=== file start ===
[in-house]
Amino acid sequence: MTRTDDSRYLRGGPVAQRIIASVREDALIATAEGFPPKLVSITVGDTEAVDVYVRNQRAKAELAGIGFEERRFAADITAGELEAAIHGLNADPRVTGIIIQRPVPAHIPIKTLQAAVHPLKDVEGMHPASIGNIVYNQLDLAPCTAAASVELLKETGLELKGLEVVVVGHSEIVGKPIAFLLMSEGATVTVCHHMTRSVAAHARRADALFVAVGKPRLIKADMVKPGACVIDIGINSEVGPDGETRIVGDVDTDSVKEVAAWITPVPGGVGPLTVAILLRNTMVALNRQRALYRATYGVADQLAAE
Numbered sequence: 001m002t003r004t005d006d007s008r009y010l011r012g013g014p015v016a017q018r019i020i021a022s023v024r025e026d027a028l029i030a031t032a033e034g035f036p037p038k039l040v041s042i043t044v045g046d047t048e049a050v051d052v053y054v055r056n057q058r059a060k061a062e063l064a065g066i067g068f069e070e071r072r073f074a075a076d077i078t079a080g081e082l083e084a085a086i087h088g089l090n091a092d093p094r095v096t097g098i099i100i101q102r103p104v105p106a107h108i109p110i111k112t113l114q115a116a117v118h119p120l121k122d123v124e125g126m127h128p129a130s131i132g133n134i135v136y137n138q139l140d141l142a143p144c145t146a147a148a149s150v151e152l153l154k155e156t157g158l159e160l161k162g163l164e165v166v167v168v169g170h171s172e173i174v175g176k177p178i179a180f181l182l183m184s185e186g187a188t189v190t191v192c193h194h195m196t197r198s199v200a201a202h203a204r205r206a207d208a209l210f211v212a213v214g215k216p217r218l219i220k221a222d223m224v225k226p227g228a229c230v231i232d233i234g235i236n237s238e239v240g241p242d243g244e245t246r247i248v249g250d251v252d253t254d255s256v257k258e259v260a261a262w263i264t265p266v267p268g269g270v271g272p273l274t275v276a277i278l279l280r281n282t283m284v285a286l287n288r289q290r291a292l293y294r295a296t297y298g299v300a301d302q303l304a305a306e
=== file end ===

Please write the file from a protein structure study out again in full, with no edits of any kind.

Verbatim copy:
[in-house]
Amino acid sequence: MTRTDDSRYLRGGPVAQRIIASVREDALIATAEGFPPKLVSITVGDTEAVDVYVRNQRAKAELAGIGFEERRFAADITAGELEAAIHGLNADPRVTGIIIQRPVPAHIPIKTLQAAVHPLKDVEGMHPASIGNIVYNQLDLAPCTAAASVELLKETGLELKGLEVVVVGHSEIVGKPIAFLLMSEGATVTVCHHMTRSVAAHARRADALFVAVGKPRLIKADMVKPGACVIDIGINSEVGPDGETRIVGDVDTDSVKEVAAWITPVPGGVGPLTVAILLRNTMVALNRQRALYRATYGVADQLAAE
Numbered sequence: 001m002t003r004t005d006d007s008r009y010l011r012g013g014p015v016a017q018r019i020i021a022s023v024r025e026d027a028l029i030a031t032a033e034g035f036p037p038k039l040v041s042i043t044v045g046d047t048e049a050v051d052v053y054v055r056n057q058r059a060k061a062e063l064a065g066i067g068f069e070e071r072r073f074a075a076d077i078t079a080g081e082l083e084a085a086i087h088g089l090n091a092d093p094r095v096t097g098i099i100i101q102r103p104v105p106a107h108i109p110i111k112t113l114q115a116a117v118h119p120l121k122d123v124e125g126m127h128p129a130s131i132g133n134i135v136y137n138q139l140d141l142a143p144c145t146a147a148a149s150v151e152l153l154k155e156t157g158l159e160l161k162g163l164e165v166v167v168v169g170h171s172e173i174v175g176k177p178i179a180f181l182l183m184s185e186g187a188t189v190t191v192c193h194h195m196t197r198s199v200a201a202h203a204r205r206a207d208a209l210f211v212a213v214g215k216p217r218l219i220k221a222d223m224v225k226p227g228a229c230v231i232d233i234g235i236n237s238e239v240g241p242d243g244e245t246r247i248v249g250d251v252d253t254d255s256v257k258e259v260a261a262w263i264t265p266v267p268g269g270v271g272p273l274t275v276a277i278l279l280r281n282t283m284v285a286l287n288r289q290r291a292l293y294r295a296t297y298g299v300a301d302q303l304a305a306e